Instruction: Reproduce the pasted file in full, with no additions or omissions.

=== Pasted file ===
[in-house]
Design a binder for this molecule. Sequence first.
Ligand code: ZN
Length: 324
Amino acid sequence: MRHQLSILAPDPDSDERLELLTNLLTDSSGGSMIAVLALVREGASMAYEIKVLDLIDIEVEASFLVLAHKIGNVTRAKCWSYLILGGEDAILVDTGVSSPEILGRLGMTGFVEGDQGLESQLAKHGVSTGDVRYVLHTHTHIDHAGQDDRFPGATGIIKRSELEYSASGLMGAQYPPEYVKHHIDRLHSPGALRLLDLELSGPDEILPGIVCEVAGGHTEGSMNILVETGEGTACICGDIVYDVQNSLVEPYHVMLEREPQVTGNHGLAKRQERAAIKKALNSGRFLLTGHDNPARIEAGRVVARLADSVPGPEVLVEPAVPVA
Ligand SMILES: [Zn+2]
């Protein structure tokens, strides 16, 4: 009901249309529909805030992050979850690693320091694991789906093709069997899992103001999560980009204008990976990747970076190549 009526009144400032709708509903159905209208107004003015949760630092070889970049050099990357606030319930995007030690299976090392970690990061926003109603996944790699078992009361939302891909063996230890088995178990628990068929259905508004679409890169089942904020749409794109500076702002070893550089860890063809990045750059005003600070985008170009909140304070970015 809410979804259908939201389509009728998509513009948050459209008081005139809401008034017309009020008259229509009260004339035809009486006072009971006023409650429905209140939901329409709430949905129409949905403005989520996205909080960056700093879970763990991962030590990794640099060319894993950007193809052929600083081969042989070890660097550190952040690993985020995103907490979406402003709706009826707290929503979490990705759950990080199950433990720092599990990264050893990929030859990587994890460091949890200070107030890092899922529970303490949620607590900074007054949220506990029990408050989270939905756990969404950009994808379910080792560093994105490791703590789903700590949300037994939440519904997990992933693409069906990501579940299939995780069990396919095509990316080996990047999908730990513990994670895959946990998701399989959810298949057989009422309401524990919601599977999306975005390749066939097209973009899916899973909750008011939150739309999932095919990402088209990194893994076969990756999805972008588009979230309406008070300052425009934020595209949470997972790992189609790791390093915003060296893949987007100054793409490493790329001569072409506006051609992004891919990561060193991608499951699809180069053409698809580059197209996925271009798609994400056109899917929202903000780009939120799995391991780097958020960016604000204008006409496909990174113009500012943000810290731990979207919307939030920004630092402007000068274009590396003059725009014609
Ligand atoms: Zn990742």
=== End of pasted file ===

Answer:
[in-house]
Design a binder for this molecule. Sequence first.
Ligand code: ZN
Length: 324
Amino acid sequence: MRHQLSILAPDPDSDERLELLTNLLTDSSGGSMIAVLALVREGASMAYEIKVLDLIDIEVEASFLVLAHKIGNVTRAKCWSYLILGGEDAILVDTGVSSPEILGRLGMTGFVEGDQGLESQLAKHGVSTGDVRYVLHTHTHIDHAGQDDRFPGATGIIKRSELEYSASGLMGAQYPPEYVKHHIDRLHSPGALRLLDLELSGPDEILPGIVCEVAGGHTEGSMNILVETGEGTACICGDIVYDVQNSLVEPYHVMLEREPQVTGNHGLAKRQERAAIKKALNSGRFLLTGHDNPARIEAGRVVARLADSVPGPEVLVEPAVPVA
Ligand SMILES: [Zn+2]
């Protein structure tokens, strides 16, 4: 009901249309529909805030992050979850690693320091694991789906093709069997899992103001999560980009204008990976990747970076190549 009526009144400032709708509903159905209208107004003015949760630092070889970049050099990357606030319930995007030690299976090392970690990061926003109603996944790699078992009361939302891909063996230890088995178990628990068929259905508004679409890169089942904020749409794109500076702002070893550089860890063809990045750059005003600070985008170009909140304070970015 809410979804259908939201389509009728998509513009948050459209008081005139809401008034017309009020008259229509009260004339035809009486006072009971006023409650429905209140939901329409709430949905129409949905403005989520996205909080960056700093879970763990991962030590990794640099060319894993950007193809052929600083081969042989070890660097550190952040690993985020995103907490979406402003709706009826707290929503979490990705759950990080199950433990720092599990990264050893990929030859990587994890460091949890200070107030890092899922529970303490949620607590900074007054949220506990029990408050989270939905756990969404950009994808379910080792560093994105490791703590789903700590949300037994939440519904997990992933693409069906990501579940299939995780069990396919095509990316080996990047999908730990513990994670895959946990998701399989959810298949057989009422309401524990919601599977999306975005390749066939097209973009899916899973909750008011939150739309999932095919990402088209990194893994076969990756999805972008588009979230309406008070300052425009934020595209949470997972790992189609790791390093915003060296893949987007100054793409490493790329001569072409506006051609992004891919990561060193991608499951699809180069053409698809580059197209996925271009798609994400056109899917929202903000780009939120799995391991780097958020960016604000204008006409496909990174113009500012943000810290731990979207919307939030920004630092402007000068274009590396003059725009014609
Ligand atoms: Zn990742």